Living with PTSD constant battle for veteran

Ackley copes with battle scars while trying to be father, husband

Leader Photo by Lee Pulaski Chris Ackley, left, a U.S. Army veteran and Beaver Dam Fire Department captain, speaks with Clintonville Mayor Richard Beggs at the Clintonville High School auditorium after his May 30 presentation on PTSD. Ackley’s presentation was facilitated by Clintonville Ambulance Services.

Chris Ackley served in the U.S. Army and was deployed to Iraq from 2007-2008 and Afghanistan from 2011-2012, becoming a hardened warrior.

When he came home, though, there was no way for him to switch off that hardened warrior and become a firefighter, a husband and, eventually, a father.

Ackley, who is currently a captain with the Beaver Dam Fire Department, traveled to Clintonville on May 30 and told his story. He started out as a combat medic and became a soldier on hunt and kill missions, found himself injured on a couple of those missions and had to live with what he did overseas.

“I’m a person who has PTSD; I’m a person who still suffers from PTSD,” Ackley said to an audience of more than 100 in the Clintonville High School auditorium. “I’m a person that, when I go to work, I don’t know if the tones will go off, and I don’t know what’s going to happen, and I’m going to go through stressful situations that are going to compound. My bucket’s going to get fuller faster.”

Ackley said there are things that he has done during his service to his country that he can’t tell his wife. Despite the ups and downs, she has remained supportive, he said, but her support alone couldn’t stop his self-hatred.

“When I was overseas, I was a completely different person than the one who’s standing here today,” Ackley said as he showed a photo of himself in full combat gear. “I resented everything that guy stood for, because when I came home, I had to be a completely different person. Just like when you turn the lights off in the auditorium, I had to turn that off. I had to turn off this warrior.”

Ackley went into the military to serve as a civil affairs operator and a combat medic, but when he went to Iraq, the E-5 sergeant served in a position usually filled by a captain.

“I was not supposed to be on hunt and kill missions, but I was,” Ackley said.

While on leave to recover from a knee injury, he asked his wife to marry him and started the process of moving into a new house. Lingering in his mind during that time was that something was missing, and the depression set in without him realizing it.

Ackley found himself arguing with his wife more, nearly driving her away, and he would find himself getting increasingly irritable. He would also find himself in tears over the oddest things, recounting one afternoon when he decided to reorganize the kitchen, and his wife returned home to find him on the floor crying.

“We were sitting down at Christmas, and I cried to ‘Home Alone.’ Who cries at ‘Home Alone?’” Ackley said. “I cried at random things, just some stupid things.”

With anxiety, night sweats and night terrors mounting, Ackley finally tried to get some help from the Veterans Administration, and he was prescribed medication to deal with his PTSD. Once the Army found out, it tried to cashier him from the service, he said.

“I said I was having nightmares, and I was having flashbacks, having night sweats. I was on anti-depressants and anti-anxiety meds,” Ackley said. “They tried to kick me out, and I wouldn’t let that happen. I was trying to do the right thing by going to get help, and the Army wanted to kick me out.”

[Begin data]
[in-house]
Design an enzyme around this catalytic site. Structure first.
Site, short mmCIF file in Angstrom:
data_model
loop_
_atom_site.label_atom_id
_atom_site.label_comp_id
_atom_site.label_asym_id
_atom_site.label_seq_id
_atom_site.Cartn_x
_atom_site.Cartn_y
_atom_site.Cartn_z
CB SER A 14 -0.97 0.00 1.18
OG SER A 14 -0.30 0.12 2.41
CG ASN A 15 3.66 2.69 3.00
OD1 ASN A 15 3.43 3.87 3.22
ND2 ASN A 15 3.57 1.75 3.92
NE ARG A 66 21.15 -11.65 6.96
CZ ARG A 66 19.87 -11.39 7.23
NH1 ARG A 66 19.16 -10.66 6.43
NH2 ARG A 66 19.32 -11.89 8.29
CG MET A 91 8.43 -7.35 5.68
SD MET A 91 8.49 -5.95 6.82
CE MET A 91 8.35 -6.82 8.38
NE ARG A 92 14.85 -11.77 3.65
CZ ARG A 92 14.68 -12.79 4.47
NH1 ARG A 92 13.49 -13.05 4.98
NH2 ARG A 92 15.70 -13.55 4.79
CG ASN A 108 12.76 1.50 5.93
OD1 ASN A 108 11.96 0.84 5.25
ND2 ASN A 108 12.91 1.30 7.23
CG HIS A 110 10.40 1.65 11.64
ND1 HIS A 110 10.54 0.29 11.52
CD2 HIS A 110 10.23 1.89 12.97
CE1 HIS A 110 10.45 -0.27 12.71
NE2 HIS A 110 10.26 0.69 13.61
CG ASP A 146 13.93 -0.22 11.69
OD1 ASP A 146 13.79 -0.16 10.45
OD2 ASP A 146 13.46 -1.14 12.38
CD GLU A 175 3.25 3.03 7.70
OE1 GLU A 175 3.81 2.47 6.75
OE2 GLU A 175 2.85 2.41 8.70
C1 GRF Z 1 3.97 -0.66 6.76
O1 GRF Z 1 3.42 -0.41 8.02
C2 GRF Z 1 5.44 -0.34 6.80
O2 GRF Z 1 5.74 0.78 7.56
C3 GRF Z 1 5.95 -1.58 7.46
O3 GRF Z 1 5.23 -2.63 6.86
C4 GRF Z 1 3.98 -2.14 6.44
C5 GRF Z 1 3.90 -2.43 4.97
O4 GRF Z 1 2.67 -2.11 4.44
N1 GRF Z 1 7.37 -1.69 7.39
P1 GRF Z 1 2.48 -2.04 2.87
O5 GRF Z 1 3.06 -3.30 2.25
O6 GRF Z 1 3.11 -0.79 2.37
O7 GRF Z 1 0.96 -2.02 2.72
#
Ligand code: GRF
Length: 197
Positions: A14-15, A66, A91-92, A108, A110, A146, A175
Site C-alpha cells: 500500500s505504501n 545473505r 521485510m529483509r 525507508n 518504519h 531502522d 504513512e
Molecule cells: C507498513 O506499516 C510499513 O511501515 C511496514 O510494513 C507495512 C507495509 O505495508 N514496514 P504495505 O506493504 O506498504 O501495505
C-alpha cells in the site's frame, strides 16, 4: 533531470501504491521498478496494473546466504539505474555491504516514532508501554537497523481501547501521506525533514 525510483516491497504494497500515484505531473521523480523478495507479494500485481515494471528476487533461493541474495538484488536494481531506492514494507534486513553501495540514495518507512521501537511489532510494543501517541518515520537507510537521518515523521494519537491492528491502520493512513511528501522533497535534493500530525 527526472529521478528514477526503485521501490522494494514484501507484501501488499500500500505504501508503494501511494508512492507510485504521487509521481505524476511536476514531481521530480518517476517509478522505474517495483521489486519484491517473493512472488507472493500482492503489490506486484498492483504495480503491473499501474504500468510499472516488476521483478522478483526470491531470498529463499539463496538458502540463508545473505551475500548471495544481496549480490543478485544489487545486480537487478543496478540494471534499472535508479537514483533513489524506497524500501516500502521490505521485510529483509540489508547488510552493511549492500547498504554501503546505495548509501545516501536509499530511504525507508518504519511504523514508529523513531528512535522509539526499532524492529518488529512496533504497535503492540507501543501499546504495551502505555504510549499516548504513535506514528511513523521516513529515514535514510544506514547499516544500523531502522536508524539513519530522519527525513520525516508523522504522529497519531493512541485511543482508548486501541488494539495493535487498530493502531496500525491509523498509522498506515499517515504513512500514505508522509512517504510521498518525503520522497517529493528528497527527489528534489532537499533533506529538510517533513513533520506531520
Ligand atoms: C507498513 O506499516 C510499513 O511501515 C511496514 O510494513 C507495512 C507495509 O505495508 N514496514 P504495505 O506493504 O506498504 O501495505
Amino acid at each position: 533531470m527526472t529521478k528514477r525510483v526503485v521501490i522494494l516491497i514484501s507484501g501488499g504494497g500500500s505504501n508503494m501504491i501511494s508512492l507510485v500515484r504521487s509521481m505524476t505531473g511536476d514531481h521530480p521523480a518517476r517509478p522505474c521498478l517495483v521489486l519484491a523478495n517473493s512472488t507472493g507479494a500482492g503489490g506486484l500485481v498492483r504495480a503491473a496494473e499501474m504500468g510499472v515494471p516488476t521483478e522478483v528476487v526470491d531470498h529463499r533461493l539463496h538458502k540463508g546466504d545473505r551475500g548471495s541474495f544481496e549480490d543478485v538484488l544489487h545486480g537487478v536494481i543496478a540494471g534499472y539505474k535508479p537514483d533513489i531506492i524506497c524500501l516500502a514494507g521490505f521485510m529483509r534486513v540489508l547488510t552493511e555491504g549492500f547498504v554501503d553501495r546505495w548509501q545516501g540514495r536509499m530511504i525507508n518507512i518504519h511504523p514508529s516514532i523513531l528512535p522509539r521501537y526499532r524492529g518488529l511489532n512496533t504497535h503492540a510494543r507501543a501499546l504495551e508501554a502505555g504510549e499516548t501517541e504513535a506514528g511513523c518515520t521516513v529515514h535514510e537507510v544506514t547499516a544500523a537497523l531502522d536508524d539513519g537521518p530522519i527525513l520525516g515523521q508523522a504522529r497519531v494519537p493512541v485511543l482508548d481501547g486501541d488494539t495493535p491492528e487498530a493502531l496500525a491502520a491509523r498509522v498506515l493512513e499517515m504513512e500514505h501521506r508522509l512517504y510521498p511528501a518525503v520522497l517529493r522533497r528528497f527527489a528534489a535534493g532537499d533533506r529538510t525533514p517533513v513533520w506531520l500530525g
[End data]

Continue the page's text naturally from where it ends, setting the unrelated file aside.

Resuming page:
Ackley resented that he was being pushed out — not for drug or alcohol issues, but because he’d piled too much work upon himself in order to distract him from his Iraq deployment. He added the Army put him in a unit that was non-deployable, and he had to fight to get back into a position where he would be allowed to serve overseas again. Eventually, the Army sent him to Afghanistan in 2011.

During his time in Afghanistan, Ackley took shrapnel from a grenade attack and tested positive for a traumatic brain injury, but he still wanted to fight. Then he and two other soldiers were injured from an improvised explosive device placed beneath a car.

Ackley said he returned from his deployment in 2012, and all of the PTSD symptoms returned faster and stronger than before. He went back to the VA for help, but he was still dealing with a flurry of emotions he couldn’t control and a building desire to return overseas.

Ackley still deals with his PTSD every day as he goes to his job. He noted that he was always able to save soldiers when he was a combat medic overseas. But back home as a paramedic, he’s come across accident scenes where he’s been unable to save people, and the guilt is overwhelming at times. Triggers were everywhere.

“This car split apart on (state Highway) 151. The mom fell asleep at the wheel and split her car in half. There was a 4-year-old inside a car seat flung out; the seatbelt was broken,” Ackley said about one call. “The daughter has the same car seat my kids have. I didn’t see her kid; I saw my kid in the back of that car seat.”

Ackley still talks regularly with a psychiatrist, and he spent a lot of his time documenting his feelings. He kept a journal, and whenever he woke up with night sweats or had other feelings of anxiety, he would write down what made him feel that way.

It wasn’t until Ackley’s second child was born that he found the ability to turn the corner and strive for healing. Before then, he felt an intense urge to return overseas just to feel the thrill of combat. That changed once Ackley, who was in paramedic school at the time, was able to deliver his daughter and hold her in his arms.

“I still have my outbursts, and I still have my issues,” Ackley said. “This is when I said that I can’t let what affects me keep me from being the father and husband I wanted to be.”